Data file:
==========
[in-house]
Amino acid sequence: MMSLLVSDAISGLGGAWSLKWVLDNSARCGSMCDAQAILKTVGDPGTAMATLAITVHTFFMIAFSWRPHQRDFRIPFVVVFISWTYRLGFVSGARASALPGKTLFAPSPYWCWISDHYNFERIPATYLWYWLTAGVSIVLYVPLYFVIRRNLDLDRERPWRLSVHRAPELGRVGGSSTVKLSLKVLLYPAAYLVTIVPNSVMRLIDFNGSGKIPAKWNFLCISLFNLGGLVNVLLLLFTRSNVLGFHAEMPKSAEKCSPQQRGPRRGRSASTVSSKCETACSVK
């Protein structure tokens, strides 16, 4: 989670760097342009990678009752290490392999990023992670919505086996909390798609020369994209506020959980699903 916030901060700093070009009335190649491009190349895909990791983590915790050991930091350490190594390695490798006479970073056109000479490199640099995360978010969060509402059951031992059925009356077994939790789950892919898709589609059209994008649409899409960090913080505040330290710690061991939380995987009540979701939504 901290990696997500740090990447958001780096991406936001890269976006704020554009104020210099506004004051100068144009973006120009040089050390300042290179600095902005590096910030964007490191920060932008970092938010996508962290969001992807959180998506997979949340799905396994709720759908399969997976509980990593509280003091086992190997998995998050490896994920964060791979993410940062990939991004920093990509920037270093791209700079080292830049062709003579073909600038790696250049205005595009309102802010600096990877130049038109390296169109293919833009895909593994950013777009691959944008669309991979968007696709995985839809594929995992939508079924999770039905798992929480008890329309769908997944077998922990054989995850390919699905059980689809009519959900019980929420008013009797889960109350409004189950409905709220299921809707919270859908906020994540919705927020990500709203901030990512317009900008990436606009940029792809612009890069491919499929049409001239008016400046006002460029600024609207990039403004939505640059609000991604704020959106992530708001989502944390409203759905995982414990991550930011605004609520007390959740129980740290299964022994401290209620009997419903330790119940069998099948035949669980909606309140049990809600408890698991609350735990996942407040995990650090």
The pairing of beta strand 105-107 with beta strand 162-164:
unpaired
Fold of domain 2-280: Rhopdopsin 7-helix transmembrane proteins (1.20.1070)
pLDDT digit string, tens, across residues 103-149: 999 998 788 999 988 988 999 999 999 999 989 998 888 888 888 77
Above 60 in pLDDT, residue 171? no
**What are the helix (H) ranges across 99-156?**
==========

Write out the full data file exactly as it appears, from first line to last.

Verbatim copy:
[in-house]
Amino acid sequence: MMSLLVSDAISGLGGAWSLKWVLDNSARCGSMCDAQAILKTVGDPGTAMATLAITVHTFFMIAFSWRPHQRDFRIPFVVVFISWTYRLGFVSGARASALPGKTLFAPSPYWCWISDHYNFERIPATYLWYWLTAGVSIVLYVPLYFVIRRNLDLDRERPWRLSVHRAPELGRVGGSSTVKLSLKVLLYPAAYLVTIVPNSVMRLIDFNGSGKIPAKWNFLCISLFNLGGLVNVLLLLFTRSNVLGFHAEMPKSAEKCSPQQRGPRRGRSASTVSSKCETACSVK
């Protein structure tokens, strides 16, 4: 989670760097342009990678009752290490392999990023992670919505086996909390798609020369994209506020959980699903 916030901060700093070009009335190649491009190349895909990791983590915790050991930091350490190594390695490798006479970073056109000479490199640099995360978010969060509402059951031992059925009356077994939790789950892919898709589609059209994008649409899409960090913080505040330290710690061991939380995987009540979701939504 901290990696997500740090990447958001780096991406936001890269976006704020554009104020210099506004004051100068144009973006120009040089050390300042290179600095902005590096910030964007490191920060932008970092938010996508962290969001992807959180998506997979949340799905396994709720759908399969997976509980990593509280003091086992190997998995998050490896994920964060791979993410940062990939991004920093990509920037270093791209700079080292830049062709003579073909600038790696250049205005595009309102802010600096990877130049038109390296169109293919833009895909593994950013777009691959944008669309991979968007696709995985839809594929995992939508079924999770039905798992929480008890329309769908997944077998922990054989995850390919699905059980689809009519959900019980929420008013009797889960109350409004189950409905709220299921809707919270859908906020994540919705927020990500709203901030990512317009900008990436606009940029792809612009890069491919499929049409001239008016400046006002460029600024609207990039403004939505640059609000991604704020959106992530708001989502944390409203759905995982414990991550930011605004609520007390959740129980740290299964022994401290209620009997419903330790119940069998099948035949669980909606309140049990809600408890698991609350735990996942407040995990650090």
The pairing of beta strand 105-107 with beta strand 162-164:
unpaired
Fold of domain 2-280: Rhopdopsin 7-helix transmembrane proteins (1.20.1070)
pLDDT digit string, tens, across residues 103-149: 999 998 788 999 988 988 999 999 999 999 989 998 888 888 888 77
Above 60 in pLDDT, residue 171? no
**What are the helix (H) ranges across 99-156?**